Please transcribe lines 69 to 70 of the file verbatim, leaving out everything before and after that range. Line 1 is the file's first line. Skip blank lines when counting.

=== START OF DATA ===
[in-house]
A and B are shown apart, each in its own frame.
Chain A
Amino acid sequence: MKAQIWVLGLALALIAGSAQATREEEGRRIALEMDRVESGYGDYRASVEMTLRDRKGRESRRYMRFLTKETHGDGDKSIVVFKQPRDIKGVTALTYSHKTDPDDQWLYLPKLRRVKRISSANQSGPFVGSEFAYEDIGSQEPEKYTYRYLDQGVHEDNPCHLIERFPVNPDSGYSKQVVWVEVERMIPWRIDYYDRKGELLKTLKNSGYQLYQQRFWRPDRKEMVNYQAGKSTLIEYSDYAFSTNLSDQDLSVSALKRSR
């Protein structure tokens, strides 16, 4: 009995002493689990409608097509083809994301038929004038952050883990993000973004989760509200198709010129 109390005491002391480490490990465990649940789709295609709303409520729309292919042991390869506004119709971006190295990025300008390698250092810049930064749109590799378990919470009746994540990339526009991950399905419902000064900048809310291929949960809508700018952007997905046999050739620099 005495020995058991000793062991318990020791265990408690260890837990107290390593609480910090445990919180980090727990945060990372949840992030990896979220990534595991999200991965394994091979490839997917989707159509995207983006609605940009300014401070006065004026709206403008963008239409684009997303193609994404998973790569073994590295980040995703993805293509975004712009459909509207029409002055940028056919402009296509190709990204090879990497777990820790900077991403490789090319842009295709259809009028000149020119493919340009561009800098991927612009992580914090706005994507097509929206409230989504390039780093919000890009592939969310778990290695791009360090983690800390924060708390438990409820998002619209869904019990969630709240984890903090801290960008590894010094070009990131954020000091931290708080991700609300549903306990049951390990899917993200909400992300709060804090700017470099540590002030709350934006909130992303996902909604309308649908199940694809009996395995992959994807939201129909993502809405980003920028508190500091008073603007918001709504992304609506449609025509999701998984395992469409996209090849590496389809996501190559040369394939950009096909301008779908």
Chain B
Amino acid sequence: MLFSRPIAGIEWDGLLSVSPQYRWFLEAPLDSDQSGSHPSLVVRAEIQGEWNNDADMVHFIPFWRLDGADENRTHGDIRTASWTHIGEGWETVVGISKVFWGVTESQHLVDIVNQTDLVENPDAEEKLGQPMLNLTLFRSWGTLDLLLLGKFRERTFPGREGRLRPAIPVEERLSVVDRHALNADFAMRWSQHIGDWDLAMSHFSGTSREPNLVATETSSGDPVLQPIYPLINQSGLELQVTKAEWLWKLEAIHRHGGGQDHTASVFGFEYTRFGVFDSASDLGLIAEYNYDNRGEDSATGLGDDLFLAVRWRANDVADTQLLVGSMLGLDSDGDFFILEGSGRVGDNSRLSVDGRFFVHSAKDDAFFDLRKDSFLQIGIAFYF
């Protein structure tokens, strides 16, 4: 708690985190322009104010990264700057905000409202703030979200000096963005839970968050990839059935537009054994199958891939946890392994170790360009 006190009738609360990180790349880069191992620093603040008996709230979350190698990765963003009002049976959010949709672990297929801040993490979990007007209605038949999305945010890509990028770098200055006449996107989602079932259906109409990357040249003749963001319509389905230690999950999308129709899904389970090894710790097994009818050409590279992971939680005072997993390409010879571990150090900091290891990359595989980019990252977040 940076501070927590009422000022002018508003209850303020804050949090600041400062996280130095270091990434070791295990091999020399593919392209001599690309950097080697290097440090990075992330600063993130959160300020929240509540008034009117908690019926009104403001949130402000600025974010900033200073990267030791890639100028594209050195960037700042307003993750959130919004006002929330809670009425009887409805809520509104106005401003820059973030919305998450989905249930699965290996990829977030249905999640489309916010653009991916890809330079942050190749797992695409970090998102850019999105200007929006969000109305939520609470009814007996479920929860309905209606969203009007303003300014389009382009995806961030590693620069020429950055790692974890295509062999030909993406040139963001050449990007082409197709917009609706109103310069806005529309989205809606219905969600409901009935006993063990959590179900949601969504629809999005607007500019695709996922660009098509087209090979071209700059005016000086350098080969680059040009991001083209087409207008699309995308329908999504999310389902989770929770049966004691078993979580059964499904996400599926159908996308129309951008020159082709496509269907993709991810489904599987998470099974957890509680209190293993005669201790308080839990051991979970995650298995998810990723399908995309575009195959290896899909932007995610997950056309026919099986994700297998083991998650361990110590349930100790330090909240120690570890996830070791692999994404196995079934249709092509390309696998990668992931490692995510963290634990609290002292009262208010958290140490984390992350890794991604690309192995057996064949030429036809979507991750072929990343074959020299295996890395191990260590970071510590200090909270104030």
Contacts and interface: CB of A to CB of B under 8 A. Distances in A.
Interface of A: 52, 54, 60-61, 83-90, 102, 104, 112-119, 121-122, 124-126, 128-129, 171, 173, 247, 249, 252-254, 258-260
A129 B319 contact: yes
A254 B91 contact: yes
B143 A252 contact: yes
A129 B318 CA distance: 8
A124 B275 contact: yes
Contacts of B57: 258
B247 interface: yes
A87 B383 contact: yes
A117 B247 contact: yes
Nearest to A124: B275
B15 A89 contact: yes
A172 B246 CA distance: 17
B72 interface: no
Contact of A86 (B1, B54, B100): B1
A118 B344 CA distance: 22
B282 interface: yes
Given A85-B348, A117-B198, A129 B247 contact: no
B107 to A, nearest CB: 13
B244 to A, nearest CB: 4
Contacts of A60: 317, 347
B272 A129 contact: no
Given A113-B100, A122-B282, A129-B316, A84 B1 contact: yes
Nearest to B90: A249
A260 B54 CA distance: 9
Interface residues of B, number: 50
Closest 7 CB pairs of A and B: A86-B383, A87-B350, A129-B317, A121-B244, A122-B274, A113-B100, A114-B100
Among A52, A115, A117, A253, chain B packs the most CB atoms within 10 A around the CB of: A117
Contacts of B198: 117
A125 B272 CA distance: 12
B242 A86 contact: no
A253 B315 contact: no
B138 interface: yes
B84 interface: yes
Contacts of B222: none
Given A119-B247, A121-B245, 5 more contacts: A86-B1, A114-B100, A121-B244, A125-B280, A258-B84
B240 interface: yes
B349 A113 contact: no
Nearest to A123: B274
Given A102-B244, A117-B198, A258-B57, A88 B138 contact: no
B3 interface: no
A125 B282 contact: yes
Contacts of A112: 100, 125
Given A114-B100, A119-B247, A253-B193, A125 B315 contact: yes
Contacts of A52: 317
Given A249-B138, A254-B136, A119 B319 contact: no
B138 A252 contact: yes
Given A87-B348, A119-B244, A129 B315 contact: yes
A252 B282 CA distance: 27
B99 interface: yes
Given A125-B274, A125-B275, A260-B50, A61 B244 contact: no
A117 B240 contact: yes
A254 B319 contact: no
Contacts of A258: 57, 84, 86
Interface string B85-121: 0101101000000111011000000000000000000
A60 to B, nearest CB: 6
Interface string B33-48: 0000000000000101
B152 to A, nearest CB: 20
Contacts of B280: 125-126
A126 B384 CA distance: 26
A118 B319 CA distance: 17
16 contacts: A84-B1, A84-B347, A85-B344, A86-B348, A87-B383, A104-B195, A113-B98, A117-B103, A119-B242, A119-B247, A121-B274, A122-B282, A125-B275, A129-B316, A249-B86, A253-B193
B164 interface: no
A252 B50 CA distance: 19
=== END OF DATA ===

A126 B384 CA distance: 26
A118 B319 CA distance: 17